Immigration specialist Simon Laurent, principal of Laurent Law, discusses immigration laws which impact on the wine industry’s hiring of migrant workers.
As with most other industries in New Zealand nowadays, wine producers need to factor in the employment of migrant workers. This ranges from engaging seasonal workers to pick grapes, to bringing in specialists to manage winery operations. Here is a quick overview of the Work Visa categories which may be most applicable.[i]
This is a major route for securing Work Visas based on employment. Since changes to Immigration Instructions in August 2017, the nature and term of the visa granted is tied to the level of salary offered, as set out in another recent Legalwise article.[ii] The resulting “skill level” of the job is noted as a condition on the visa.
Critically, it is the hourly rate which determines the skill level of employment. Even if someone is engaged on an annual salary, this will be rendered into a rate per hour by Immigration New Zealand (“INZ”) depending on the maximum number of hours to be worked each week.[iii] If work patterns result in variable hours, this could create real problems not only for the visa holder, but also for an employer if the worker’s calculated hourly rate falls below the skill band/salary band tied to the visa.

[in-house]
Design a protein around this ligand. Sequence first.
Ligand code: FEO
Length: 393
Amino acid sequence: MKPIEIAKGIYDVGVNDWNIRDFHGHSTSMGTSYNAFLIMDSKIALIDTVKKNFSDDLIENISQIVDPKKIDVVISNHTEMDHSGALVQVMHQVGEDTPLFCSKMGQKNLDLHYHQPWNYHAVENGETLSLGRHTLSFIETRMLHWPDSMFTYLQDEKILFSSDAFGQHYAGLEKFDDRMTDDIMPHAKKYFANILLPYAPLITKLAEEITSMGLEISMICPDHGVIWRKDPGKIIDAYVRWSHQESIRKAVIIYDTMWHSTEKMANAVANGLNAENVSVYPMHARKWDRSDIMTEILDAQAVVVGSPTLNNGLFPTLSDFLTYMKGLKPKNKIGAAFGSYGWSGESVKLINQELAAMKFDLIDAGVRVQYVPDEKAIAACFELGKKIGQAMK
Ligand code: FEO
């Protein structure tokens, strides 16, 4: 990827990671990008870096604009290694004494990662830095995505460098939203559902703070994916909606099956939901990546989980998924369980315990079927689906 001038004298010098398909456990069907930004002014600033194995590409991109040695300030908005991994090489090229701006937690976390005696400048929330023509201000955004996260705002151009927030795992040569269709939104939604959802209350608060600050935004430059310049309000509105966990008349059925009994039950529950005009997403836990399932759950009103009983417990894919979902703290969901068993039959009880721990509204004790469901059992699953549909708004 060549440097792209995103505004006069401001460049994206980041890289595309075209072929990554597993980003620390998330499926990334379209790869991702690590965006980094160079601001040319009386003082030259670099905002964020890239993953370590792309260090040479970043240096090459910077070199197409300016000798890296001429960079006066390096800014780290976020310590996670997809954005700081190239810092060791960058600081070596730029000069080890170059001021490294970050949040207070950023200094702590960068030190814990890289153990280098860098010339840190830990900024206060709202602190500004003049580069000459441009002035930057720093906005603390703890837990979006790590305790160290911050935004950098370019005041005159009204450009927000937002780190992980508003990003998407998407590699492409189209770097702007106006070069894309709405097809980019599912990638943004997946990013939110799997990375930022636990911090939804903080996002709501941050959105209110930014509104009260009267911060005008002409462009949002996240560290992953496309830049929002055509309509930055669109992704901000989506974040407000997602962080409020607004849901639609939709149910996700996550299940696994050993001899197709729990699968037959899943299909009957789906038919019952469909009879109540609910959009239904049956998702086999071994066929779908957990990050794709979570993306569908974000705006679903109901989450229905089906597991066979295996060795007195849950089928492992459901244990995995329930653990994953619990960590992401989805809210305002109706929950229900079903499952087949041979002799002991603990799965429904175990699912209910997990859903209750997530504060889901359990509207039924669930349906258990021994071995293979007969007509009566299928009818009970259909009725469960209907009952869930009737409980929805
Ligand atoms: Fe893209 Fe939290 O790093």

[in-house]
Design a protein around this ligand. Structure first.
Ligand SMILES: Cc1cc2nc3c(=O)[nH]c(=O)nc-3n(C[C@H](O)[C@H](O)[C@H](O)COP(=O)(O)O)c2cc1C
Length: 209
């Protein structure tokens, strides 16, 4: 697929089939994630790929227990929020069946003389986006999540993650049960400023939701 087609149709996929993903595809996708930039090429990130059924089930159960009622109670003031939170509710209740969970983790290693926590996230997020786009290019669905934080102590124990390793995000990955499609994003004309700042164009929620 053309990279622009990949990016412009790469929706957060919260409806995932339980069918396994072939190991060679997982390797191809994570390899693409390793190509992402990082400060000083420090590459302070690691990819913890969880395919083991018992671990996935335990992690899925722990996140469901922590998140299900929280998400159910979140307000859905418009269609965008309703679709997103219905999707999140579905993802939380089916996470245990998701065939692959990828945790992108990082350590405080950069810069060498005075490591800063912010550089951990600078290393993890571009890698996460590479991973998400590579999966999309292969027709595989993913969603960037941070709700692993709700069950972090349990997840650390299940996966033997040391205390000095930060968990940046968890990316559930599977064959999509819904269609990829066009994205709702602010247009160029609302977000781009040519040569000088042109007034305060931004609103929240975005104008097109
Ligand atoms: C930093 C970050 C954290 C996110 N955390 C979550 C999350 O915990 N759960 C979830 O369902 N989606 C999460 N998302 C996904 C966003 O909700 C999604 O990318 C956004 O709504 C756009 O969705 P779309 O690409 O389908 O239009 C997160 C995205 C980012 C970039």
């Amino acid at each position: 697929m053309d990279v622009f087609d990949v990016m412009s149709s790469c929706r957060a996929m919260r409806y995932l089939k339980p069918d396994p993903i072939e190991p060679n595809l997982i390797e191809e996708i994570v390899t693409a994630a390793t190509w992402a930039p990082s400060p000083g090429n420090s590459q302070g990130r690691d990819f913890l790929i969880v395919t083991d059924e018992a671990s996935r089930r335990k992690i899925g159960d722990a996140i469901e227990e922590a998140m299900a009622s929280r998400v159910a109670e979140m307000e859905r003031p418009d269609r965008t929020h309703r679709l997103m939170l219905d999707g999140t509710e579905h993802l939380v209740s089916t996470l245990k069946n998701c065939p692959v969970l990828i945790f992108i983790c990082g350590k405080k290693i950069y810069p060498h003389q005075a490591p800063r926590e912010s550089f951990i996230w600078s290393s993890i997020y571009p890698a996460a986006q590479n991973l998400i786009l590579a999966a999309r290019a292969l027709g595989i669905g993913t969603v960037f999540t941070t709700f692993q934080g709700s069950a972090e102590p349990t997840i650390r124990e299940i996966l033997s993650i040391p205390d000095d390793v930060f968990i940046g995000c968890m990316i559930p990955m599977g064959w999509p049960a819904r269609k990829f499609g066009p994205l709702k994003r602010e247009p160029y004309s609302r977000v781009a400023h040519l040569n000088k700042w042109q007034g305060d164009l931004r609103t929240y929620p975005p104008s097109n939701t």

Employers must demonstrate that they could not find New Zealand workers to fill the position, usually by way of advertising and/or engagement with WINZ. As wineries are often in semi-rural areas, this may be easier to satisfy than in main population centres, especially for more specialised roles such as winemakers, or hospitality managers who now often run the cellar door in vineyards positioning themselves for the boutique wine-tasting experience.
Specific Purpose Visas
. . . are sometimes a solution in order to avoid the need to meet the Labour Market Test described above. Particularly relevant to the wine industry are the categories which allow specialist technical or management staff in for a well-defined time period to handle a project.[iv] One example would be a technician to oversee the installation of winery equipment; or a multinational wines and spirits organisation importing a marketing or hospitality manager to implement a promotional shift in the profile of a New Zealand site,.